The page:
Life at Ragged Is.Not without challenges

Duncan Town, Ragged Island – A young Ragged Island resident sent a message to the government on Friday.

“I want you to finish school,” said 7-year-old sophomore Siana Maycock.

She added: There’s nothing to do on Ragged Island, no school.”

Cianna said she wants to be able to learn in the classroom.

When Hurricane Irma hit Ragged Island in September 2017, schools for all ages on the island were destroyed.

Rebuilding the school on a small hill in Duncantown is making great progress, but it’s unlikely the school will be complete when the school year begins later this month.

Deputy Prime Minister Chester Cooper, a member of parliament for the island, said putting “the finishing touches” on schools was a problem.

He said the government would consider a stopgap solution until that is completed.

Nearly five years after Irma, the island still has no police station or clinic. Marines in the Armed Forces act as medics for law enforcement and the public.

The Ragged Island clinic is unlikely to be completed for another year, Cooper said, adding that nurses will be sent to the island next month.

The administrator’s office looks just like it did after the storm. There is no roof and things are shattered on the floor.

Some homes have extensive damage to their roofs, while others appear to have been abandoned since construction began.

Prior to Irma, Ragged Island had a population of about 100 people. According to officials, the current population is 60 he to 65 he.

Residents are starting to return, according to Dwanikeka Bethel, 26, who has lived on the island since he was 15.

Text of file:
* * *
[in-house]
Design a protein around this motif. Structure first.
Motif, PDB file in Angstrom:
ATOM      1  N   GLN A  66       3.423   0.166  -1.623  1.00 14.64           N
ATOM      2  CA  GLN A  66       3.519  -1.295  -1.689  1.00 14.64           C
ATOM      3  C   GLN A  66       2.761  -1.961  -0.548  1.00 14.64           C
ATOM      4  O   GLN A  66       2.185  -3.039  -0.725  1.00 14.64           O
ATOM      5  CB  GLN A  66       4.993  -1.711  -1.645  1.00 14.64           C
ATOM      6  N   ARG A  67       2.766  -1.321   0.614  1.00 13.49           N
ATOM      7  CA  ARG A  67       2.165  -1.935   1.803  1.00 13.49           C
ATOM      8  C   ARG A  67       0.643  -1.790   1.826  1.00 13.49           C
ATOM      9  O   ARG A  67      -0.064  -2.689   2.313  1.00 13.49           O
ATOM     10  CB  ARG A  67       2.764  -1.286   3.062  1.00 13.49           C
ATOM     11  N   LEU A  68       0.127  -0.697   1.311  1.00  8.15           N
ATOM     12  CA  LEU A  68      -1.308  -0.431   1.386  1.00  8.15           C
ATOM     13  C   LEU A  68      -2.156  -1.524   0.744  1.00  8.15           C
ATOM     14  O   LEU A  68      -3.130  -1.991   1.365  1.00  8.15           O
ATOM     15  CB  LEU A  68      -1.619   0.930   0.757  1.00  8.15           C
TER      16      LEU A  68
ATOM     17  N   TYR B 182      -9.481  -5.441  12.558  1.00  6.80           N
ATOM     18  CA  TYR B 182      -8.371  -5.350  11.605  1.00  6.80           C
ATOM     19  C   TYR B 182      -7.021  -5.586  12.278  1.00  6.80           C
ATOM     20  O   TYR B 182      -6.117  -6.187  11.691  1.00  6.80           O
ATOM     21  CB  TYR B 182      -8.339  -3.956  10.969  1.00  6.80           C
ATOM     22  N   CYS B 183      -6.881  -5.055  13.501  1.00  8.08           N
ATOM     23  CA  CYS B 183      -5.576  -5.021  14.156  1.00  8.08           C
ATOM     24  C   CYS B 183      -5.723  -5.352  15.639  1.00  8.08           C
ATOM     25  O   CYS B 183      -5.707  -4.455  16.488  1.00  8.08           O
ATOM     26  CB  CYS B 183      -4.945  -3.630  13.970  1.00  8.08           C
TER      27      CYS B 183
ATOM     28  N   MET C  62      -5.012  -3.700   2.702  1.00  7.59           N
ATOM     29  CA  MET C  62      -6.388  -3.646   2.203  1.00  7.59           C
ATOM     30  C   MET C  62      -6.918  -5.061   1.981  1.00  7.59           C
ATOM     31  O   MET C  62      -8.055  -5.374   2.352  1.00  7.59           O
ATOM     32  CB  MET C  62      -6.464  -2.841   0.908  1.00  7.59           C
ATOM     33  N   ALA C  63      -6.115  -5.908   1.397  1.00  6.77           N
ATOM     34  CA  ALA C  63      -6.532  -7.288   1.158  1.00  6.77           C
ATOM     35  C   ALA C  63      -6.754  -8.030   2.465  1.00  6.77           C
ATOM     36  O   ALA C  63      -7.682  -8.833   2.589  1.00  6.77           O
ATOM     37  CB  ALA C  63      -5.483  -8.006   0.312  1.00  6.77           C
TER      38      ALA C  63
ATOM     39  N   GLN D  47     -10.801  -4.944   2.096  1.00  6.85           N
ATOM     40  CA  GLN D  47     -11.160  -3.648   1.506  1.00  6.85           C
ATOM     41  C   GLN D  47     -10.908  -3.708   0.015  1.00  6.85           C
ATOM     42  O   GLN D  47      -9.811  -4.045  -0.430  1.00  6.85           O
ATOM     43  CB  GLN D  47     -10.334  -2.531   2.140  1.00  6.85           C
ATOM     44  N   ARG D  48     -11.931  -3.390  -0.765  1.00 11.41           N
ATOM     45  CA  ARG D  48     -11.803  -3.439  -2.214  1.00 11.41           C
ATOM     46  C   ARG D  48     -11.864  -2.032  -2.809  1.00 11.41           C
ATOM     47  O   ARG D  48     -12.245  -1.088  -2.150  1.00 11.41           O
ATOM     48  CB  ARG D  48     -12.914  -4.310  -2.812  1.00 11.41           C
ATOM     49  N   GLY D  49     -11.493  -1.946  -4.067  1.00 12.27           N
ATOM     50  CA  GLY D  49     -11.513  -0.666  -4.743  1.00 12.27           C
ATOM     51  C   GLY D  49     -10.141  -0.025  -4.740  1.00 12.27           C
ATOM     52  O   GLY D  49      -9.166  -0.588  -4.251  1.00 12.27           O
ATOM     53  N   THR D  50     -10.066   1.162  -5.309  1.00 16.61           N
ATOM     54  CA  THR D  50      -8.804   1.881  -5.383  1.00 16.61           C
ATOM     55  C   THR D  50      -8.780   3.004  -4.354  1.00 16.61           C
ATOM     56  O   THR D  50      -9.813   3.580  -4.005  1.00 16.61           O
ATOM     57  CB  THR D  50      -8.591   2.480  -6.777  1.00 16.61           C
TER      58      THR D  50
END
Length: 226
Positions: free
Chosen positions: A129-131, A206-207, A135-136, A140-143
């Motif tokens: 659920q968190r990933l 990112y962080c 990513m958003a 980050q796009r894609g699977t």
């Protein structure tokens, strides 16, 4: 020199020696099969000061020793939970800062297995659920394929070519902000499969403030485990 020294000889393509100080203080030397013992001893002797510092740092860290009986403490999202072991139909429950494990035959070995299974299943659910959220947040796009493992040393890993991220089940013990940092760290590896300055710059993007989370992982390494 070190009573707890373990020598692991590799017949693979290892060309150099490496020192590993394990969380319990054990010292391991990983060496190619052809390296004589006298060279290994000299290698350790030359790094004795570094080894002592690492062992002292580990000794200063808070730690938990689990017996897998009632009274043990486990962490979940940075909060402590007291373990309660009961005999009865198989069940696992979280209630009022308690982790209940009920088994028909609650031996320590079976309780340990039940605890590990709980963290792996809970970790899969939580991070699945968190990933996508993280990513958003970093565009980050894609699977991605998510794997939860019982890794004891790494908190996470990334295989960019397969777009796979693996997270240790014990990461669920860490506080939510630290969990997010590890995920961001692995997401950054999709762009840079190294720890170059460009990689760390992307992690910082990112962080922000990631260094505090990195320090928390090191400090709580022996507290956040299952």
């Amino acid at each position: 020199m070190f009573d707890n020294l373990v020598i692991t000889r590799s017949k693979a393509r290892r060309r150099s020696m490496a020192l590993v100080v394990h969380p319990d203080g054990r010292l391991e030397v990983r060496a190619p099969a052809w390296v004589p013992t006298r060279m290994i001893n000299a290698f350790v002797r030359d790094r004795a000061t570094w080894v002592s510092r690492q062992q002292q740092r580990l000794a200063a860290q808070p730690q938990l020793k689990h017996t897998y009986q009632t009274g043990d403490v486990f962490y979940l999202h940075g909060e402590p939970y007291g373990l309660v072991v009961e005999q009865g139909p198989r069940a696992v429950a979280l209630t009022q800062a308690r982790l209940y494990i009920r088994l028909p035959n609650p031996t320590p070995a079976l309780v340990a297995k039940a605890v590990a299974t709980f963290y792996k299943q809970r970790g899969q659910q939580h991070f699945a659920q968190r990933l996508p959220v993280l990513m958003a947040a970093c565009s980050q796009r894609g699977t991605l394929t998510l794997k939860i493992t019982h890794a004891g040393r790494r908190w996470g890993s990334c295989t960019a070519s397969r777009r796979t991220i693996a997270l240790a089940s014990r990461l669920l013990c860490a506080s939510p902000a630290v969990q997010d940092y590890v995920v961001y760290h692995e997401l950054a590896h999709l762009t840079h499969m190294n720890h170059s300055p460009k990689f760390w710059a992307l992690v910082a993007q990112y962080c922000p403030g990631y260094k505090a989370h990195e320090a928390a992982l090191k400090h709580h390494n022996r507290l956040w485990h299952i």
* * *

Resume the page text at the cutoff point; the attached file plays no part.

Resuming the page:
“It was really bad after the hurricane, but now things are starting to calm down and normalize,” she said.

“It’s not bad anymore. We’ve got schools, we’ve got clinics. Other than that, the industry itself is recovering and people are starting to move back home.”

But life on Ragged Island remains “rough,” she said.

Wayne Cartwright, 66, who is married to a Ragged Islander and spends half the year on the island, agreed with Bethel.

“I think if you can live on Ragged Island, you can live anywhere in the Bahamas,” he said.

“I always send husbands and wives a 100-day challenge to come here and see what it’s like. It is very difficult because

“We don’t have any airlines other than the occasional government official…so sometimes we have to wait a week, two weeks, three weeks for the mail ships to arrive.”

As a result, residents can learn how to manage supplies, including water, he said.

Cartwright said water was the “biggest shortage” on the island.

“You can go to any beach and pick up conch, cast a line or catch a fish,” he said.

“As for sugar, rice, flour, etc., we have to wait. [those]”

Responding to residents who say life on the island is still difficult, Cooper said: They lived his four years in disregard for the previous administration. We have finally made a lot of progress and will continue our efforts to bring relief to the people of Ragged Island. ”

On Friday, officials commissioned a $5 million solar microgrid completed by Bahamas Power and Light (BPL) on the island. Life at Ragged Is.Not without challenges

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